Running the Balance Board on four AA batteries is a bit of a pain. There’s a claimed battery life of 60 hours, but we’ll see. A built-in charger like the one in the DS would have been nice. I’ll have to invest in some more rechargeable batteries, or maybe go with a third-party option — I use a dock for one of my Wiimotes and it’s tremendously convenient.

On screen, your Mii is sized up using some kind of height-measurement equipment, but nobody has those in their living room. I had to rummage through my drawers to find a ruler, then mark the wall and add up the ruler-lengths. It would have been nice if Nintendo had thrown in a cheap tape measure, even if it was just a paper one like those they give out at IKEA. That’s a minor quibble, though.

Once you’ve got your height calculated, setting up your Mii is very straightforward — and fun! By giving instant feedback about centre of gravity and weight and BMI and what-have-you, the process doesn’t feel like a chore.

The Balance Board avatar is quite cute. I was worried when he first popped up — Clippy, anyone? — but he’s actually got an interesting personality. Quirky and friendly.

The FitPiggy and FitCash concepts seem a bit forced. Using the time you’ve spent on activities as the basis for unlocking harder tasks? Great. Converting the time into FitCash and storing it in a FitPiggy? Not so much. It doesn’t fit in with the software’s minimalist aesthetic. And since the FitCash graph shows your play time in minutes anyway, I just don’t see the point.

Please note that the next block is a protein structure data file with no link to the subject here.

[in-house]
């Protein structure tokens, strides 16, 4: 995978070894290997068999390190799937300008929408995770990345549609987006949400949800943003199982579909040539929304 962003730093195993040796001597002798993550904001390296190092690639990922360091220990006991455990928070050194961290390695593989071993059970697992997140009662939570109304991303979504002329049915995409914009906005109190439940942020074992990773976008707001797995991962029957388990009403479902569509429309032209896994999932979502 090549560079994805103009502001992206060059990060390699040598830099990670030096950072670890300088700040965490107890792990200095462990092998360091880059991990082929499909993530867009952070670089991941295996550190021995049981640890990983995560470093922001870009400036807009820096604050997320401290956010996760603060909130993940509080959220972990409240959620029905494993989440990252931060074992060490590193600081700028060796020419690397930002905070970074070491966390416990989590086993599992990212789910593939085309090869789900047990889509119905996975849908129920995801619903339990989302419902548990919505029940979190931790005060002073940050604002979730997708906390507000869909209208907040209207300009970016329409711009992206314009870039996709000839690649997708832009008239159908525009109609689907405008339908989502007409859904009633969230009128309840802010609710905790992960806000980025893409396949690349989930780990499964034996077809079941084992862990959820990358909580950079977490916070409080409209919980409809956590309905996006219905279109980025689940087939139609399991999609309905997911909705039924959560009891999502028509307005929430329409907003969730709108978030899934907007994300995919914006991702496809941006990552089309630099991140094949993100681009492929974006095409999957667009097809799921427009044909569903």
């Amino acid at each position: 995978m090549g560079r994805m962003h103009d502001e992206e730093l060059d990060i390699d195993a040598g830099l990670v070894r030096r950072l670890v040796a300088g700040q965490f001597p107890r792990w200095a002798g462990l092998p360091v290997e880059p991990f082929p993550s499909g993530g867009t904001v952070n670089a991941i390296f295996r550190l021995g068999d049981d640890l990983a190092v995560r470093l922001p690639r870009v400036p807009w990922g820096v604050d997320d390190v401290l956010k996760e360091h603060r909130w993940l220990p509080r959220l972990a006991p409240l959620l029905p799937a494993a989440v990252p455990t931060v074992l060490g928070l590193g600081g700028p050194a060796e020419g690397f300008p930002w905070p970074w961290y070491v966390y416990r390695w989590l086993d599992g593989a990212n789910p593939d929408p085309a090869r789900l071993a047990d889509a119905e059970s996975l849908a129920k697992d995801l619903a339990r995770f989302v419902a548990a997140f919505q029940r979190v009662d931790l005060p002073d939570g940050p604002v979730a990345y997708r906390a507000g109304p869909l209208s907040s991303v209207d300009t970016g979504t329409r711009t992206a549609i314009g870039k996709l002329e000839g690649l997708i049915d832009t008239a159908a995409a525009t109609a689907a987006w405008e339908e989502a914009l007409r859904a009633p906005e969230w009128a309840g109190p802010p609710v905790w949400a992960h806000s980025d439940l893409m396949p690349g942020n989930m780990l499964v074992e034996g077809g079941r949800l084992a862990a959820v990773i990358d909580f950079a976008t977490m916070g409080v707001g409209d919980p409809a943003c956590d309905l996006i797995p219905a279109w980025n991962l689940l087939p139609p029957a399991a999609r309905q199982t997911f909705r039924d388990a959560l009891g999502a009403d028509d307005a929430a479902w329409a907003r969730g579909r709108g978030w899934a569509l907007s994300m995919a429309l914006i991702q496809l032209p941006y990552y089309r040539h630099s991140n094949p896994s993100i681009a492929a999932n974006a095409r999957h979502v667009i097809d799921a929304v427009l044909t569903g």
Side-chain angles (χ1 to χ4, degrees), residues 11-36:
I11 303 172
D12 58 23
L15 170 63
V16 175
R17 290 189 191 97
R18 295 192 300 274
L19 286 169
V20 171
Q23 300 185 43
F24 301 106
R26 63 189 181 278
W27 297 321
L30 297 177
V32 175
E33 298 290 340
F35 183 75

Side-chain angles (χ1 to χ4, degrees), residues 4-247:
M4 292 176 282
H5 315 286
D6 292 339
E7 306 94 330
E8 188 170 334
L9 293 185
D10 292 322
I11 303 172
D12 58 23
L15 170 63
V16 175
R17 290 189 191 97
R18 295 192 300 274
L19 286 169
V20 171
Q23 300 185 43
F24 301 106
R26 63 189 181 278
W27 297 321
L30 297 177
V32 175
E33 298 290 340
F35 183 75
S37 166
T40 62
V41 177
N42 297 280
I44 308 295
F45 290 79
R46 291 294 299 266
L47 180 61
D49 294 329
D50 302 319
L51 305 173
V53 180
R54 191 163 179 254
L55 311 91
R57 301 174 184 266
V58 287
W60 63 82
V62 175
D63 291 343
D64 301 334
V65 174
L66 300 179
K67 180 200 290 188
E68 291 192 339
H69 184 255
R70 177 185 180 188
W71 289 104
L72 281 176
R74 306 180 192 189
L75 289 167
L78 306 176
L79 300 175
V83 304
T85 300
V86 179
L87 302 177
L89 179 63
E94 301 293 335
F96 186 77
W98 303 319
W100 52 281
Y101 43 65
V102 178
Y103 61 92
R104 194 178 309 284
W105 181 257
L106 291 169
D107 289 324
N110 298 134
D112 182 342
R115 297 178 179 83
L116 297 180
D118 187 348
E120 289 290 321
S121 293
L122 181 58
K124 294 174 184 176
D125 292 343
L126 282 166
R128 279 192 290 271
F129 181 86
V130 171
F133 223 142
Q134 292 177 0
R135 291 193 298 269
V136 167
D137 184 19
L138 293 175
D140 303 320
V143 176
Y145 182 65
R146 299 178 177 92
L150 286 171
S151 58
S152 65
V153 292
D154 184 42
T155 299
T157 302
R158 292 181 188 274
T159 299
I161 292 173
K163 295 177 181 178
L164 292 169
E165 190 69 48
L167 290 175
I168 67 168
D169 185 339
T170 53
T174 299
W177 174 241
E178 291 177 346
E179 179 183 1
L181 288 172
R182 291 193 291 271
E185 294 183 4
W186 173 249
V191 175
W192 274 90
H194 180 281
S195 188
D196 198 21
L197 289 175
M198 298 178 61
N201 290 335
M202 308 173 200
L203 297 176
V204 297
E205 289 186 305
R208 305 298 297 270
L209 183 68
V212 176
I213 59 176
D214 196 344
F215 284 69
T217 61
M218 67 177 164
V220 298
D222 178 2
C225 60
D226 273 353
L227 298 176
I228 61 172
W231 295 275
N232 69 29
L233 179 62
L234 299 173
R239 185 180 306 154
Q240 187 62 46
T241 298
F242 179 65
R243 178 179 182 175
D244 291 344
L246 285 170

In the beginning…

My New Year’s resolution was to shed a few kilos. In high school, I was fairly skinny, but when I got to university I no longer had compulsory sport to keep me exercising — and then I fell in love with beer and restaurants. So I’ve put on some weight.

As usual, my New Year’s resolution has been more of an aspiration, really. I haven’t done a lot about it. Occasional bursts of enthusiasm might lead to a couple of jogging or cycling expeditions, but they quickly subside. I find it hard to stay motivated, and I can’t afford a personal trainer.

That’s where Wii Fit comes in. I follow Nintendo fairly closedly, so I’d seen the early demonstrations of the Balance Board — and, to be frank, it looked rubbish. It looked like an expensive set of mini-games; dull, repetitive mini-games at that.

But after it launched, I think it finally clicked with me what it’s all about. Michael Abbott recently described Wii Fit as a “health hub” and sees it as something that relies on games technology but is not a game at all. Nintendo’s new strategy of selling Wii Fit through non-traditional outlets like sports stores suggests that’s exactly what the designers were thinking.

When I took myself out of the gamer’s perspective, Wii Fit started to look more interesting. It offers the structure and motivation to make exercise a part of your daily routine, but without pressure. And 4cr’s Great Experiment proves it can work — if you stick to it.

And that’s exactly what I plan to do.